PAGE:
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Too hot to handle – 14 people treated as the heat takes its toll

The number of people diagnosed with skin cancer in Ireland is rising

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People are advised to use sunscreen. Photo: Stock image

People are advised to use sunscreen. Photo: Stock image

People are advised to use sunscreen. Photo: Stock image

The HSE has confirmed that 14 people were treated for heat related illnesses during the last hot spell of weather in July.

A spokesperson said that between July 15 and 18, while there was “no notable increase in the calls to the National Ambulance Service...14 calls were triaged with heat related symptoms”.

While temperatures are set to fall back to more normal levels following last week’s heatwave, the HSE’s National Cancer Control Programme and Healthy Ireland are still reminding everyone of the importance of being “SunSmart”. Both groups said people must protect their skin from the sun’s ultraviolet (UV) rays to help reduce the risk of skin cancer.

Skin cancer is the most common type of cancer in Ireland with almost 13,000 cases diagnosed each year.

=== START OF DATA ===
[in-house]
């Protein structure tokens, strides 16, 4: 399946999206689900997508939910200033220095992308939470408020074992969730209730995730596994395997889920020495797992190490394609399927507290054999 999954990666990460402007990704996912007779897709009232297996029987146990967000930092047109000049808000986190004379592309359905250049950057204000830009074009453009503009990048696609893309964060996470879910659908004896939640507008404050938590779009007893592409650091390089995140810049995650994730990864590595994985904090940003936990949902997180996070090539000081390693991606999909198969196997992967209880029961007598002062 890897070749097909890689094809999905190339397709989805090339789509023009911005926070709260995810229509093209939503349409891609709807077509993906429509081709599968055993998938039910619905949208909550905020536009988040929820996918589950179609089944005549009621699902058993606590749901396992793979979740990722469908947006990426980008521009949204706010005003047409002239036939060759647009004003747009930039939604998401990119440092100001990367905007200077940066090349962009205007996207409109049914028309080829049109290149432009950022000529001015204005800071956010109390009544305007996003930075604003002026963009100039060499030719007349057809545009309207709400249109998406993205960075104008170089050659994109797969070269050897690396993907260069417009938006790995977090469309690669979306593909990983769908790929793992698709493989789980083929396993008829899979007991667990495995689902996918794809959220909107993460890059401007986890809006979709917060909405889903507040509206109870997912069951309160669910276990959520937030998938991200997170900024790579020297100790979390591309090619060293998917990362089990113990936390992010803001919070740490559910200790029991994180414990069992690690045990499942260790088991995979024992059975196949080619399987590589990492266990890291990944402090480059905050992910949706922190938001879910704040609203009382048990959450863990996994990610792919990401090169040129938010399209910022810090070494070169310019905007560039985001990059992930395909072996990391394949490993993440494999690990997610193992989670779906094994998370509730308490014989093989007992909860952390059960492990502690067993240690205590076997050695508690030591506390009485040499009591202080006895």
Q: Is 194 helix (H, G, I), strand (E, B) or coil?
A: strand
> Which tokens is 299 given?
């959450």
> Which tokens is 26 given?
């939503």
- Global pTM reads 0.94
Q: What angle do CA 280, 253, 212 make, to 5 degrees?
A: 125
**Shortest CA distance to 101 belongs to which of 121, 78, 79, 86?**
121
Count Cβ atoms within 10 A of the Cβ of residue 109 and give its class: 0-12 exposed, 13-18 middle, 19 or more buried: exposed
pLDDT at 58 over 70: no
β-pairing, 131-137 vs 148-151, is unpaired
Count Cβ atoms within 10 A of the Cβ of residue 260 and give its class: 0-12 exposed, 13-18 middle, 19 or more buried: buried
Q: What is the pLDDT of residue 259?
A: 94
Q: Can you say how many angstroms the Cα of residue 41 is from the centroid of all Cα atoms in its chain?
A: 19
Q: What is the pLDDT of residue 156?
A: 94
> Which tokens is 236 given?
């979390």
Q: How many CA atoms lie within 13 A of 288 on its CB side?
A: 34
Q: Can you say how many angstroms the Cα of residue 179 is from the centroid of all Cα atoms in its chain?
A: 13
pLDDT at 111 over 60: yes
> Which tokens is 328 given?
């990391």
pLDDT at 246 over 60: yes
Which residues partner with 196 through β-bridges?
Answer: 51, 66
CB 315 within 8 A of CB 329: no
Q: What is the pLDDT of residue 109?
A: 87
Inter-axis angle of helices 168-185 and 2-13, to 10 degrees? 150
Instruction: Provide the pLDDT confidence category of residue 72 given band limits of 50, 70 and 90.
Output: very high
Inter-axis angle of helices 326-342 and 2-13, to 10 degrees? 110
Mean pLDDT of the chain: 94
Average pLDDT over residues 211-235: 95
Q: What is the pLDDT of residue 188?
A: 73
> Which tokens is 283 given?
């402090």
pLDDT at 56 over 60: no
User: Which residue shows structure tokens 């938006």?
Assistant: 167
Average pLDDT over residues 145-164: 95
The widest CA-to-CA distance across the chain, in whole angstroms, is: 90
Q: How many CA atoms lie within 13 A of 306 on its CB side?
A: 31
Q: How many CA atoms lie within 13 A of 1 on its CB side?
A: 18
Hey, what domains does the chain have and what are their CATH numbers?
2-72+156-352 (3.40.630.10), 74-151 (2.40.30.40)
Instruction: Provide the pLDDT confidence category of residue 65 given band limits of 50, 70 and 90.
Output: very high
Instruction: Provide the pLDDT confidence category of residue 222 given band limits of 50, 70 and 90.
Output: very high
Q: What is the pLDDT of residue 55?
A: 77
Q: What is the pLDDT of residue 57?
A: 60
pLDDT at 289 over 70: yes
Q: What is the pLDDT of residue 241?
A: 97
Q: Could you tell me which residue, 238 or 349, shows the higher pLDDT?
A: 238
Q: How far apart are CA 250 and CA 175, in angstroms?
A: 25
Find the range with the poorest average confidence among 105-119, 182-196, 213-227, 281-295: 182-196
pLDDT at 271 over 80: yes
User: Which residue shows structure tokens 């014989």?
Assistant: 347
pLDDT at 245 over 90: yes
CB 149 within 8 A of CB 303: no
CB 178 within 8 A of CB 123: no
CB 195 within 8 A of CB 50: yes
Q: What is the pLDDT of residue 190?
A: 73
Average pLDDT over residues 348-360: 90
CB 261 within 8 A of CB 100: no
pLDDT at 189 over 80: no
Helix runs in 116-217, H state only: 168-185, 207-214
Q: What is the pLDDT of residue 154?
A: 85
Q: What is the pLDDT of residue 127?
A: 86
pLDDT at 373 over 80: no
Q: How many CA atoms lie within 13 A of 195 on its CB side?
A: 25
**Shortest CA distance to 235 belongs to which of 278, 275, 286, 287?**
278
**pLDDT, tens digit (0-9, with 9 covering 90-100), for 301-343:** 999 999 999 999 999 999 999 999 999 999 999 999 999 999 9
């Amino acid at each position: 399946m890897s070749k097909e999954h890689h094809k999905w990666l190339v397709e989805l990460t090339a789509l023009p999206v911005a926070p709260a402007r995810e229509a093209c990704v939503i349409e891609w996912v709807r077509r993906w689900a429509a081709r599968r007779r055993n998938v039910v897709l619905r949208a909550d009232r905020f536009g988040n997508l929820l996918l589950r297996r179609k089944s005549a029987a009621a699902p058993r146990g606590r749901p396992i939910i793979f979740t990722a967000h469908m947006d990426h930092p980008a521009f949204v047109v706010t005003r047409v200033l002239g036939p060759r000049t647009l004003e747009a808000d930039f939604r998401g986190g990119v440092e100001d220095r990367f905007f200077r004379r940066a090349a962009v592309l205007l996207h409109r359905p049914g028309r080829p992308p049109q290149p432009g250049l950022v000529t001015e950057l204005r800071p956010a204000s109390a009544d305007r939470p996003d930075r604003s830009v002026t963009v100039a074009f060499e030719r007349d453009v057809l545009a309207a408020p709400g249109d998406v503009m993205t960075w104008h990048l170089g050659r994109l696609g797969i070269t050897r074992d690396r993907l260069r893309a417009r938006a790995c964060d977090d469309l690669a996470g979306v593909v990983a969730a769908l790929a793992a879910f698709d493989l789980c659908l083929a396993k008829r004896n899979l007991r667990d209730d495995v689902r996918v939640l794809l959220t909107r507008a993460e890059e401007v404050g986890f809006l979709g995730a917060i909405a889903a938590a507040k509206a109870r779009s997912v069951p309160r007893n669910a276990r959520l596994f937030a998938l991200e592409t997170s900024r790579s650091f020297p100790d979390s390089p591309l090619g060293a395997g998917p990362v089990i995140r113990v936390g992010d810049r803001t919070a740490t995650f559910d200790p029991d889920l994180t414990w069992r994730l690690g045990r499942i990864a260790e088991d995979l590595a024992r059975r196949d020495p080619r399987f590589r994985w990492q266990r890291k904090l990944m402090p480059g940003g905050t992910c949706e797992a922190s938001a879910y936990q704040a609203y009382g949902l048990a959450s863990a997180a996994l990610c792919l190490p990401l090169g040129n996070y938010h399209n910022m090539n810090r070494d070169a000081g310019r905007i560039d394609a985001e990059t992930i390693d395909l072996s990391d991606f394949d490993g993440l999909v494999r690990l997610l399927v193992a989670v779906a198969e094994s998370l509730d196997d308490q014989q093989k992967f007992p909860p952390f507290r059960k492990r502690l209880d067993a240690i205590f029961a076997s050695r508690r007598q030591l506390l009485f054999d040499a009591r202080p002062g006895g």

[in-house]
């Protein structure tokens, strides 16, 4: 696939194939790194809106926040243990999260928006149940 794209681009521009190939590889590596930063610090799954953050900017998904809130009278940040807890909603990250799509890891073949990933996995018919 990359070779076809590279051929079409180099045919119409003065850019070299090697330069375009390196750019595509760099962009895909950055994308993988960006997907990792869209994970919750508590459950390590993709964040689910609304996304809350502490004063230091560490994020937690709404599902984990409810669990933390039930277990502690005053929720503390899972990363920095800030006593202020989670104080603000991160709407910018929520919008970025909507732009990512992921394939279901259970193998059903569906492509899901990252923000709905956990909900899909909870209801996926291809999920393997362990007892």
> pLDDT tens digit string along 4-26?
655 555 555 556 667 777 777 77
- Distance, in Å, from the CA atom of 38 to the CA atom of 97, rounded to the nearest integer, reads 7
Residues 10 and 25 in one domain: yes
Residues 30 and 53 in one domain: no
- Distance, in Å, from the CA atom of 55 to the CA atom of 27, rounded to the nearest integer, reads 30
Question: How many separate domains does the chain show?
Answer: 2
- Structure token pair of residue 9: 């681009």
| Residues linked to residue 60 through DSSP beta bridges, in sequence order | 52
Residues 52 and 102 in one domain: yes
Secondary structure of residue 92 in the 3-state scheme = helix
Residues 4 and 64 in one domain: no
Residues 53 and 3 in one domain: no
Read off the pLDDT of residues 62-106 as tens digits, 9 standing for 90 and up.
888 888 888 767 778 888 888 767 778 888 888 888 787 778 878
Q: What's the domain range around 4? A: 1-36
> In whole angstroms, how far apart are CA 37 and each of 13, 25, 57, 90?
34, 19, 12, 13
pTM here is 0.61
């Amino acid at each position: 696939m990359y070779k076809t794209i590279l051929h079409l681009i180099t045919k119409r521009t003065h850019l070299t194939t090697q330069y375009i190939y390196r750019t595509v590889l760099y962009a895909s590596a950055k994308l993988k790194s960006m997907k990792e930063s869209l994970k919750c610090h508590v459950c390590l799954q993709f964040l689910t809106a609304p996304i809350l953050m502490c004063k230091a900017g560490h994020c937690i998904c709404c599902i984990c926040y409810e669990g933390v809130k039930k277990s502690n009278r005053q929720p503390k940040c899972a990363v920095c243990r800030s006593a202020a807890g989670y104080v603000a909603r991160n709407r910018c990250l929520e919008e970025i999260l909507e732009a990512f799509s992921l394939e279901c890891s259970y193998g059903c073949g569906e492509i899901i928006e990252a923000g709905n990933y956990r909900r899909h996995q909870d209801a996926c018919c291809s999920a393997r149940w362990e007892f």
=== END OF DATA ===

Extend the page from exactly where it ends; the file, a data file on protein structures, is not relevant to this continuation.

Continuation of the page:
The number of people being diagnosed with skin cancer in Ireland is rising rapidly, with the number of cases expected to double by 2045.

The higher the UV index, the higher the risk of skin and eye damage.

When the UV index is 3 or above, people should protect skin and eyes by following the Healthy Ireland “SunSmart five S’s” which are: “Slip on clothing that covers your skin such as long sleeves, collared t-shirts.

“Slop on sunscreen on sun-exposed areas using SPF minimum 30+ for adults and 50+ for children which has high UVA protection and is water-resistant. Re-apply regularly. Sunscreen cannot provide 100pc protection, it should be used alongside other protective measures such as clothing and shade

“Slap on a wide-brimmed hat.

“Seek shade such as sitting in the cover of trees to avoid direct sunlight, especially between 11am and 3pm.

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“Use a sunshade on your buggy or pram. Keep babies and children out of direct sunlight.

“Slide on sunglasses with UV protection to protect your eyes.”

The HSE and Healthy Ireland area urging people to never “deliberately try to get a suntan”, avoid getting sunburned and to never use a sunbed.

Dr Katharine Harkin, Specialist in Public Health Medicine, urged people to make SunSmart part of their daily routine.


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